{Editor’s Note: This is a developing story. We will update it as more details become available. }

LOCAL NEWS —The last chance for Moore County student to do their snow dance could be here Wednesday night.

According to the National Weather Service Huntsville office, there’s a slight chance it could snow beginning late Wednesday night. Daytime highs should linger around 48 with 10-15 mile per hour (mph) winds. Gusts as high as 25 mph could make it feel much colder.

As the sun sets, temperature will drop below freezing and moisture will move into the area, which means there’s a slight chance of seeing snow in southern, middle Tennessee from 11 p.m. Wednesday to around 1 a.m. on Thursday. The National Weather Service estimates there is around a 30 percent chance and no accumulation is expected.

Even if we do get some snow, it won’t be around long. Daytime highs on Thursday will be back around 42.•

{The Lynchburg Times is an independently owned and operated newspaper that publishes new stories every morning. Covering Metro Moore County government, Jack Daniel’s Distillery, Nearest Green Distillery, Tims Ford State Park, Motlow State Community College, Moore County High School, Moore County Middle School, Lynchburg Elementary, Raider Sports, plus regional and state news.}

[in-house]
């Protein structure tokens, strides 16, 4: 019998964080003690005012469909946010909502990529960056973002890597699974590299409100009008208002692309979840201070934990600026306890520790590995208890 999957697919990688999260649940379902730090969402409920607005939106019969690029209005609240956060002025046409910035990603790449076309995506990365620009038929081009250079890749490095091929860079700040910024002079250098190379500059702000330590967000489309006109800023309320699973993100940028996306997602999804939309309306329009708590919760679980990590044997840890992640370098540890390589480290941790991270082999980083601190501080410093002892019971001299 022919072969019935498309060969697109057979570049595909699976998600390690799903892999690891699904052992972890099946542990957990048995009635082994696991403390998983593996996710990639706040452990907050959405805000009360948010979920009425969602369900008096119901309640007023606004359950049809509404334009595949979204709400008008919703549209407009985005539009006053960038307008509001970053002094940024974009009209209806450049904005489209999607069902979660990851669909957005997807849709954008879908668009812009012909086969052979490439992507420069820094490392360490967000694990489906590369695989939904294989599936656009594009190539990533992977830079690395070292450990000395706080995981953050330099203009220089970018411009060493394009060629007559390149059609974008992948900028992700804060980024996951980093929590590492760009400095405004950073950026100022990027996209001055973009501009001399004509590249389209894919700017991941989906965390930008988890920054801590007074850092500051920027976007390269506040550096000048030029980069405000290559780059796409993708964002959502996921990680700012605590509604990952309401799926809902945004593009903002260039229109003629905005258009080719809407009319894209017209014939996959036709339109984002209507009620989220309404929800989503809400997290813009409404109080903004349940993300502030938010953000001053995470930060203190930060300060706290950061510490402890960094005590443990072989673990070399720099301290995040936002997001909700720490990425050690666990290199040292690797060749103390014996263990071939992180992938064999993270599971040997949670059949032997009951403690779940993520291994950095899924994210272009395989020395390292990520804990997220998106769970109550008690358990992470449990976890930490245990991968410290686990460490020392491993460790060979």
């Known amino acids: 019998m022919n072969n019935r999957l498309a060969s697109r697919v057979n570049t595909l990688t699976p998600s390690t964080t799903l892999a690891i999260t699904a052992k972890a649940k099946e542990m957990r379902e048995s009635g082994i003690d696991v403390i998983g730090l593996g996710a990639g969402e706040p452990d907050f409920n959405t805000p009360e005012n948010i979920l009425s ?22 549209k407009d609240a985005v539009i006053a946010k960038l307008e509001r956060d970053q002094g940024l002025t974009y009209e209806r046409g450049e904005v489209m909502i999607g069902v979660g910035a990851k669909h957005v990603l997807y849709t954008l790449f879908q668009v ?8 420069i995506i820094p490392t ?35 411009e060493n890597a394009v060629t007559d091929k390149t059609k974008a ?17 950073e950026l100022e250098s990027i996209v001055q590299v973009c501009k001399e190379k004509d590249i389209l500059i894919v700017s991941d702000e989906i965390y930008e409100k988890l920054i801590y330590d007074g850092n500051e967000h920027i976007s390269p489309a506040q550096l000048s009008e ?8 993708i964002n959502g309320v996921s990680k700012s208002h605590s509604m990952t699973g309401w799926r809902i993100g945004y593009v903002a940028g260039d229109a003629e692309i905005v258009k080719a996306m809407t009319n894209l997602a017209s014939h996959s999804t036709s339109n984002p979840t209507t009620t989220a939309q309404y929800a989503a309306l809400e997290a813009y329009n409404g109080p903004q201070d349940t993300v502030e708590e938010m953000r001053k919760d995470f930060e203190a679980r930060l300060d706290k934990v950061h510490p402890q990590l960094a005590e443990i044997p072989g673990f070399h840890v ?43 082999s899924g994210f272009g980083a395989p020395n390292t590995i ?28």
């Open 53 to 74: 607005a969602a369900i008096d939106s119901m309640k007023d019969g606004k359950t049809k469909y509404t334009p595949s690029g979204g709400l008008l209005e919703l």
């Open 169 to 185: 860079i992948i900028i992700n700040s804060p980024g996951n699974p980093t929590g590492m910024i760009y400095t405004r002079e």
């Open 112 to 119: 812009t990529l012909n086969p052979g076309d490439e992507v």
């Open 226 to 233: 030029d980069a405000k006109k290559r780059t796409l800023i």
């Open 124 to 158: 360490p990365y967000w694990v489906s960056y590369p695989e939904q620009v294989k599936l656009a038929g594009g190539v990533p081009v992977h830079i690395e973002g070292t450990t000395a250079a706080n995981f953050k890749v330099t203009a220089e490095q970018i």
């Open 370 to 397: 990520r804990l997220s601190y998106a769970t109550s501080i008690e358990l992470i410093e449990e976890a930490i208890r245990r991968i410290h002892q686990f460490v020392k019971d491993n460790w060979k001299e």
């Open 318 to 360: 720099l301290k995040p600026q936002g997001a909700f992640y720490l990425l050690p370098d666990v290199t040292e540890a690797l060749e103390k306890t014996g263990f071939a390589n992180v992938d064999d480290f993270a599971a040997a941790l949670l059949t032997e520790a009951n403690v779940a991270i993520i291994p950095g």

Moore EMS and National Weather Service plan storm spotter class

LOCAL NEWS — Accurate weather forecasts don’t happen in a sterile office. National Weather Service (NWS) officials depend on a an army of volunteer storm spotters to report the ground truth in local communities, so it can be broadcast to the general public.

The Huntsville National Service Services office plans a SKYWARN Spotter Training class at the Metro Volunteer Fire Department at 1 and 6 p.m. on Tuesday, February 11.

Spotters generally come from all walks of life. Many community first responders volunteer their time but with the right training, amateur radio operators and even the general public can contribute. It’s a community’s first line of defense against dangerous storms. Without specific local information, model-based weather forecasts would be one dimensional.

The Metro Volunteer Fire Department is located at 301 Majors Boulevard. For more class information visit the NWS website by clicking here. •

{The Lynchburg Times is an independently owned and operated newspaper that publishes new stories every morning. Covering Metro Moore County government, Jack Daniel’s Distillery, Nearest Green Distillery, Tims Ford State Park, Motlow State Community College, Moore County High School, Moore County Middle School, Lynchburg Elementary, Raider Sports, plus regional and state news.}